20. What is my biggest insecurity?
I survive a day alone in NYC.
It was six in the evening. I was sitting in the courtyard of a Renaissance-era Italian villa, glancing around at the statues, most notably one of a boy removing a thorn from his foot. Despite the supposedly relaxing setting, I was incredibly anxious. My phone was at less than 5 percent battery, and once it died I would be completely disconnected from my family and peers, alone in one of the largest art museums in the country.
Last weekend, as a perk of being a honors student here at Loyola, the entire freshman honors class set out at seven in the morning to New York City and the Metropolitan Museum of Art. I felt fairly confident about the whole thing; I had packed all I needed, and made plans with some friends from my Messina group the week before.
On the bus I asked if they were planning on staying in the museum all day like I was. I wanted to get as much as I could out of one of the most prestigious museums in the world. I was honestly quite surprised when they had made plans to see" Les Miserables." To be fair, it was last minute on their part as well, and I accept some of the blame by not following up on our initial conversation. I wasn't upset at them. I figured I was okay as long as I didn't leave the museum.
After improvising some lunch, I headed over to the Greek and Roman wing to take a tour guided by our Messina teachers. Afterwards, I meandered through the museum, having the time of my life, pondering the wide variety of art on display. After getting some dinner at the basement cafeteria, I noticed my phone battery was running low. It was 4:30 in the afternoon, and was not supposed to head back to the bus until 6:30. Now, as grown adults, the bus would not wait for us -- it left exactly at seven. I'm serious. The itinerary even gave numbers for the train station.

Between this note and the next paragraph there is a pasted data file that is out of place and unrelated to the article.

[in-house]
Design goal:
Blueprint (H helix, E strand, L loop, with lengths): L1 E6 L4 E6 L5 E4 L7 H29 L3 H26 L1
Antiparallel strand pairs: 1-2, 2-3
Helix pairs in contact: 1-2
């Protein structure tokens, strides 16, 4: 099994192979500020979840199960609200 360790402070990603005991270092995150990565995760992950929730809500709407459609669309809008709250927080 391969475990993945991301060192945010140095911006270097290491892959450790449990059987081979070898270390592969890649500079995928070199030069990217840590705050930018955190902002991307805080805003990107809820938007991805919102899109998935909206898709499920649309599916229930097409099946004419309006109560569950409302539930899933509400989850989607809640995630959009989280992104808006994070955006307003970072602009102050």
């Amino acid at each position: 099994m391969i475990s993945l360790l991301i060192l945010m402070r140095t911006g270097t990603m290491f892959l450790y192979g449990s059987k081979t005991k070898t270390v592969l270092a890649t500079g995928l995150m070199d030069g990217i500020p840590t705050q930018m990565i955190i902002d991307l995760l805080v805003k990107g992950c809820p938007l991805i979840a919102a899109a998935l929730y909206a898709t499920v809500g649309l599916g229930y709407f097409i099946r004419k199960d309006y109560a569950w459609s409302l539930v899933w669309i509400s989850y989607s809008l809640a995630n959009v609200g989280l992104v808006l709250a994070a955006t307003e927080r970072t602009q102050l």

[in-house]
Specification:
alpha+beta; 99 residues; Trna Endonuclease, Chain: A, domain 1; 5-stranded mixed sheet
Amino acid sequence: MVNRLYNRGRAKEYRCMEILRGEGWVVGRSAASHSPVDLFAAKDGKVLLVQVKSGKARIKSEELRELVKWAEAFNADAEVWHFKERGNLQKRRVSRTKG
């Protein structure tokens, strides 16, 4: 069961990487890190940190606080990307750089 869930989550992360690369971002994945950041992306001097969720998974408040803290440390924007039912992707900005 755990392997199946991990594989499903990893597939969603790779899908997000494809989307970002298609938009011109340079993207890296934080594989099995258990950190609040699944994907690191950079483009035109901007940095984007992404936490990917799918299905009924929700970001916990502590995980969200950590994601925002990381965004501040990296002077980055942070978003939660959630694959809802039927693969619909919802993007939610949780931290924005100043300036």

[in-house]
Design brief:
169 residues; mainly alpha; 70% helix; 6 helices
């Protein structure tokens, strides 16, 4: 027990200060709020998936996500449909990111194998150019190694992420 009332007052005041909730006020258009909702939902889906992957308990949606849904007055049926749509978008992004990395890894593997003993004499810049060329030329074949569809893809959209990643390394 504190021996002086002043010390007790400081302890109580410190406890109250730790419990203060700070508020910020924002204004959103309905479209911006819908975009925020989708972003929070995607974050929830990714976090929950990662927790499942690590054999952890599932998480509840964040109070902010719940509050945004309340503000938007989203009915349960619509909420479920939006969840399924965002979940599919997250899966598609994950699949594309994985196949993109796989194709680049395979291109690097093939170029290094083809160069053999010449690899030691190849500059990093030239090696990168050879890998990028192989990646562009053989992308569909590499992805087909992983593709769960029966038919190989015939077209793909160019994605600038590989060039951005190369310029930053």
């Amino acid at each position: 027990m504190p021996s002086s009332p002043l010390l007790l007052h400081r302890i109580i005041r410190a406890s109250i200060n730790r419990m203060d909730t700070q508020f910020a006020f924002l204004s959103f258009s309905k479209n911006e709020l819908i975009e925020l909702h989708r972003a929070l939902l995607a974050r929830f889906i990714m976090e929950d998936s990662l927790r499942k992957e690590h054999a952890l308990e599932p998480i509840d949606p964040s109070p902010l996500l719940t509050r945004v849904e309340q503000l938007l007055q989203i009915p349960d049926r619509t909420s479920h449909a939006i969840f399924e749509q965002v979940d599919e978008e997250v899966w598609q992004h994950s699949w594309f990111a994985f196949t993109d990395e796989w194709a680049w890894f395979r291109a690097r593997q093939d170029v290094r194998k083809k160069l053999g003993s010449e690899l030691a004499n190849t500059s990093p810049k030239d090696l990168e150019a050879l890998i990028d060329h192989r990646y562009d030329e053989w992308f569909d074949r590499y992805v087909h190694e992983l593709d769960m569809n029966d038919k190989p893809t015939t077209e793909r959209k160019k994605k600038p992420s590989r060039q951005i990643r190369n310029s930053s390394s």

I was a little nervous at that point. My phone was my only clock and only connection to my Messina group, parents, and the rest of the world. If I stopped taking pictures and texting, the battery would last until I was on the bus and could text my mom I was safe. However, after a round of souvenir buying and coming clean to my mom, who thought my friends -- or at least my teachers -- had been with me the entire day, my phone was dying. And then I was there, sitting on one of the few benches I could find (my feet were killing me) and trying to stay calm.
Thankfully for my nerves, one of my last few texts was from my Messina group, a majority of which were meeting on the stairs. As we congregated, I tried to text my mom, only to have my phone die in my hands. I was nerve-wracked at that point, afraid I would be left alone to die in the city. I stayed with the crowd of students as we wandered through the streets of the city, and eventually onto the bus.
The first thing I did when I got back was text my mom I was okay, after my phone got some juice. The day had been good. It may have been nice to have someone else with me, but I took care of myself, like the independent adult the rest of the world considers me to be. It'll probably be a while before I consider myself such.
Getting back into the school groove when you just can't seem to let go of summer.
With fall classes just beginning, many of us find ourselves struck with summer withdrawals. Especially for those who refrained from taking courses over the summer, it can be quite difficult to get back in the swing of things. Fortunately, there are various ways to help make the transition back to college as smooth as possible.